We’re planning to change the Champion program; instead of 1-2 edX point people that you would reach out to with questions, we’re migrating to a set of shared Slack rooms, broken up by repo category, that you will use to ask edX engineering collectively for assistance - usually that’s “when’s a good time to merge this PR”, but other questions as well - anything you would have normally pinged your Champion for.
I will be shortly inviting you to slack room(s) based on the repo(s) you have merge rights to. You may join others if you wish. Please know, though, that these rooms will mostly be discussing how merging affects edX CI/CD, edx.org production systems, and other practical concerns. These rooms are not for questions along the lines of “help me write the code”.
For awhile I will monitor each chat room to make sure this goes smoothly. Reach out if you have any questions.
That makes sense to me as a transition step I assume the intent, over time, is to share the original duty of the champions (as mentors?) more, and maybe to get to a point where that help can come not just from edX, but from other core contributors?
For the chat rooms, one thing that it changes though is that there isn’t going to be a specific person affected to mentor each new core contributor – how do we avoid the “dilution of responsibility” effect on this? For example, if a core contributor asks a question in a chat room, and that there is no answer, what would be the next step for the core contributor to get help? [Edit: This is actually something already addressed in the document you’ve linked to, which I should have read more carefully before replying “One potential failure mode is that 2U/edX engineering does not participate in these rooms. We will mitigate this with one engineering manager per room whose responsibility is to make sure questions are responded to in a timely manner. The EM should aim to check the room daily and get coverage when on vacation. The spreadsheet of Slack channels has a nominated EM, as well.”]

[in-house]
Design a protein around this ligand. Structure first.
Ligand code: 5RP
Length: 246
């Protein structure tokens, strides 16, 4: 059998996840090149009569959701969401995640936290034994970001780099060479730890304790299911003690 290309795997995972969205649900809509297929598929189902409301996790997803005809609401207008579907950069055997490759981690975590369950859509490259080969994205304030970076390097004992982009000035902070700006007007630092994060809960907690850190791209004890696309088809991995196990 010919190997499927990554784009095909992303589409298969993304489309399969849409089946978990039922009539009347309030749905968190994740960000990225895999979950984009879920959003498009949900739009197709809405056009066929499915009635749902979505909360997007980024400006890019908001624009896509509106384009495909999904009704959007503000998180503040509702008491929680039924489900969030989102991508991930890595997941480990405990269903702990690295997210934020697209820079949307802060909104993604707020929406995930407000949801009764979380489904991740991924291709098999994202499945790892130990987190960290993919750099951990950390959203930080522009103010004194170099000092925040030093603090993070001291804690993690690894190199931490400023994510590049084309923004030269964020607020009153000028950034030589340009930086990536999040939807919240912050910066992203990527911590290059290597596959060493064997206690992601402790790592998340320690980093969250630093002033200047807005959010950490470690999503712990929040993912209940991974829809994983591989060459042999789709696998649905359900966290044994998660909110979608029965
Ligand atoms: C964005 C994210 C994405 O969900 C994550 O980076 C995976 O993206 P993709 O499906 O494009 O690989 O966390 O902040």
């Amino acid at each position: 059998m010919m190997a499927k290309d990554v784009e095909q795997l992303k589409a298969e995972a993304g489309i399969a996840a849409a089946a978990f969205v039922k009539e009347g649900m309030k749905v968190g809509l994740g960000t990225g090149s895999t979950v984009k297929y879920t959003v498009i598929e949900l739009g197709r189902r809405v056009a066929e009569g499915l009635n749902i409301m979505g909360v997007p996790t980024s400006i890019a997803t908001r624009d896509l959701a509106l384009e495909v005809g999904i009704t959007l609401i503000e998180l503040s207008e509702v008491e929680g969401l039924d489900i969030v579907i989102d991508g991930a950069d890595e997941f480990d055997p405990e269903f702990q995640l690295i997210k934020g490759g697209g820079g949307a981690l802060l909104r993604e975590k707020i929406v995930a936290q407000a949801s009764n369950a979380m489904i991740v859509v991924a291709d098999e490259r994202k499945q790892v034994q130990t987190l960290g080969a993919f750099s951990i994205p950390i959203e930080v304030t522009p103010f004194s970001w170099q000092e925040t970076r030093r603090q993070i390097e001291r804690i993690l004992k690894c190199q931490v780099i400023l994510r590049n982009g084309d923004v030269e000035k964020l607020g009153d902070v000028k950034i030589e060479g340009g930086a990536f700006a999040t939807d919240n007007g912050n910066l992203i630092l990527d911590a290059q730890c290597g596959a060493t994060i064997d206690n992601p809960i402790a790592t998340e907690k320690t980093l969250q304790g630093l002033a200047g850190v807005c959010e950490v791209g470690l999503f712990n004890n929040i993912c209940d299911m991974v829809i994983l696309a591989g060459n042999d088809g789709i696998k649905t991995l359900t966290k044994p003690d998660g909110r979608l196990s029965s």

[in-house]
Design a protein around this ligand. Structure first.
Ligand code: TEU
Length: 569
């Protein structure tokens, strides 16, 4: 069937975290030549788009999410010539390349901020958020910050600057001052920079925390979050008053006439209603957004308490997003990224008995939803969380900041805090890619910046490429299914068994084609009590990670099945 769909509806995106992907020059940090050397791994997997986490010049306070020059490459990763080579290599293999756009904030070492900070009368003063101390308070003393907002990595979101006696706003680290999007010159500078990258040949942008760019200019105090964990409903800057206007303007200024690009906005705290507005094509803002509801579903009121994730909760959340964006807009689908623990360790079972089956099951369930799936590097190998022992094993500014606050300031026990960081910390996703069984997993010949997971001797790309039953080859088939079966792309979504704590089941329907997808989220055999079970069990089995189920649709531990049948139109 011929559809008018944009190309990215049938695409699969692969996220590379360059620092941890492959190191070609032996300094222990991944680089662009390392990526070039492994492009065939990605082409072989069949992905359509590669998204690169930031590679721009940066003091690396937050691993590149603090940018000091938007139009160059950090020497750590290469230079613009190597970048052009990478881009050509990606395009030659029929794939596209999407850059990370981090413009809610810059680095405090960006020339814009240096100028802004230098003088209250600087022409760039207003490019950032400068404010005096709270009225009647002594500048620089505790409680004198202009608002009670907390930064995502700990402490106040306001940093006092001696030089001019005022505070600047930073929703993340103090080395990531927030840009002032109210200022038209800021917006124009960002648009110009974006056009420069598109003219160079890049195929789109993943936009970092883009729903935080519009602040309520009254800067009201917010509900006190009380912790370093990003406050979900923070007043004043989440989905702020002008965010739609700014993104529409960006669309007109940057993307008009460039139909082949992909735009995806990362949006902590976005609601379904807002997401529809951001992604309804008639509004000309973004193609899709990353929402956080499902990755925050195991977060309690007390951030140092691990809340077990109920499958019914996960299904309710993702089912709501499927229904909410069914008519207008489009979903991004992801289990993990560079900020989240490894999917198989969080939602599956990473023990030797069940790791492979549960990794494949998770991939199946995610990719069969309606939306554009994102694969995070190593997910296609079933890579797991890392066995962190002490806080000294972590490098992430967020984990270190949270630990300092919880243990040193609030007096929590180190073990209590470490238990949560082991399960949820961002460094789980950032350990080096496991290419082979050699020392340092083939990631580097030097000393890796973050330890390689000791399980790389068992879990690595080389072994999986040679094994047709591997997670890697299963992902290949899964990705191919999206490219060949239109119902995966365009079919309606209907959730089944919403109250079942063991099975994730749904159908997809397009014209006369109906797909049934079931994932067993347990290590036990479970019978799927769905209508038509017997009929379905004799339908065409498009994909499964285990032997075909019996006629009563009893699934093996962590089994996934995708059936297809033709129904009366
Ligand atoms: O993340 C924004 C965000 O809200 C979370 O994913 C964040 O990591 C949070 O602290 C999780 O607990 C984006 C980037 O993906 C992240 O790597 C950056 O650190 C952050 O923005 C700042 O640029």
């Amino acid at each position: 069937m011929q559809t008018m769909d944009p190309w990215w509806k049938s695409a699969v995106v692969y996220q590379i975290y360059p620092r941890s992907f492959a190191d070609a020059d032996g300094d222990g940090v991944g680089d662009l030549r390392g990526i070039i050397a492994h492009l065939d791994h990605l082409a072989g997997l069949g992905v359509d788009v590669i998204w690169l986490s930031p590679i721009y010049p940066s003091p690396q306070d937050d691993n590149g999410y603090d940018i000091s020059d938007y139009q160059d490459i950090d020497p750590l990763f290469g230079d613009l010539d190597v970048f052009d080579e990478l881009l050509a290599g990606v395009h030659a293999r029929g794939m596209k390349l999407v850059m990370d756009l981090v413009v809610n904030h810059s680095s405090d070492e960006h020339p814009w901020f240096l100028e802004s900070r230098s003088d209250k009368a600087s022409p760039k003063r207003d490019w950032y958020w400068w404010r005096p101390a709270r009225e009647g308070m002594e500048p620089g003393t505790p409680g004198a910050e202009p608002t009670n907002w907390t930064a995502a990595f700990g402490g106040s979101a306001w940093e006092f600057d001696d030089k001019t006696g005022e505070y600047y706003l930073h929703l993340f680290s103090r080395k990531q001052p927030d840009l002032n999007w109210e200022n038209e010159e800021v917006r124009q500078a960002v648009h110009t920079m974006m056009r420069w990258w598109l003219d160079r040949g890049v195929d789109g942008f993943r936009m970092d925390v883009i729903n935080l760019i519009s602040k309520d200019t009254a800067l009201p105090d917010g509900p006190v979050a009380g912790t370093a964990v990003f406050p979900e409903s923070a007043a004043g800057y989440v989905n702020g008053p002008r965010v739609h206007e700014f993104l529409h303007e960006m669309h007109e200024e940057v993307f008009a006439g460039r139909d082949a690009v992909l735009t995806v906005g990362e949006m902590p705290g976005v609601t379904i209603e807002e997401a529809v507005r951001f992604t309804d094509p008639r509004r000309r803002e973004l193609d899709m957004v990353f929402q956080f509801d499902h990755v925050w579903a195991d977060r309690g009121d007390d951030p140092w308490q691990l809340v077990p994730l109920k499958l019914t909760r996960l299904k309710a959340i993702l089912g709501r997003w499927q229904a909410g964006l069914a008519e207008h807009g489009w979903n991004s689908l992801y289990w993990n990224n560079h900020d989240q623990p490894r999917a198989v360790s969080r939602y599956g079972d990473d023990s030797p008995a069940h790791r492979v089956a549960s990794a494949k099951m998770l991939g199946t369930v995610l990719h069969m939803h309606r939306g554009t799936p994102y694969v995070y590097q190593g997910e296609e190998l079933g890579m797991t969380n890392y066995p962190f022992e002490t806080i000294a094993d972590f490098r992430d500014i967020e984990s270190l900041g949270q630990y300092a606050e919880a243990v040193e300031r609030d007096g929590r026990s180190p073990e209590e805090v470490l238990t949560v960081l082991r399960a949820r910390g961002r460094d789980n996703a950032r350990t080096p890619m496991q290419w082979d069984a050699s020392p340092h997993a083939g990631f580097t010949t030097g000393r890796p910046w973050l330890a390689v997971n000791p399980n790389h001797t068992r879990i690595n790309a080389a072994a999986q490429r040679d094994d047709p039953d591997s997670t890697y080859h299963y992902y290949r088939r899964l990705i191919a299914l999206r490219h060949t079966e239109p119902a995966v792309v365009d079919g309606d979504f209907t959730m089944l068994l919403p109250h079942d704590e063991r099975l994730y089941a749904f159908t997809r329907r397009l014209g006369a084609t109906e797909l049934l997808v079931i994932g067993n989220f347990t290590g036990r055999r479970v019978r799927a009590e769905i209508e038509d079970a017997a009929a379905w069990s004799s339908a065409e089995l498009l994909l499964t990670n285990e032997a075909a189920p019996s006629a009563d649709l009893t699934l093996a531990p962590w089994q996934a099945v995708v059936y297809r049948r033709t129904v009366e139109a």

How complicated would it be to make the rooms public? Imho it would be much better to default to public communication for everything related to core contributors – the program and the shift to tCRIL is a unique opportunity to ensure we hold more of our discussions in the public space. Things that might have been private before when the matters were internal to edX can be made public more easily in the context of community collaboration – and the example we set as core contributors has ripple effects on the community. It’s harder to ask newcomers to work publicly if we don’t already do it – and it will be harder for people looking to become core contributors to understand the role if they don’t have access to spaces like this.
I think we can manage this through channel policies (and, if needed, moderation), redirecting people to the right places to get help? I would assume people would prefer a gentle redirect to ask a question in another place, to not being able to access the space at all?
@antoviaque we’d have to remake all the rooms, I think, and would need assistance for the edX side. I was busy and tired and frustrated and didn’t want to go through the whole cycle again. I am very torn about the public rooms, though, as I am worried that non-CCs could abuse the promise of a quick turnaround time from edX devs and in turn edX devs would be disincentivized to respond quickly. I don’t probably have the bandwidth to moderate moderation/do redirects, and from my experience with #general, there aren’t many people who step up to help redirect questions.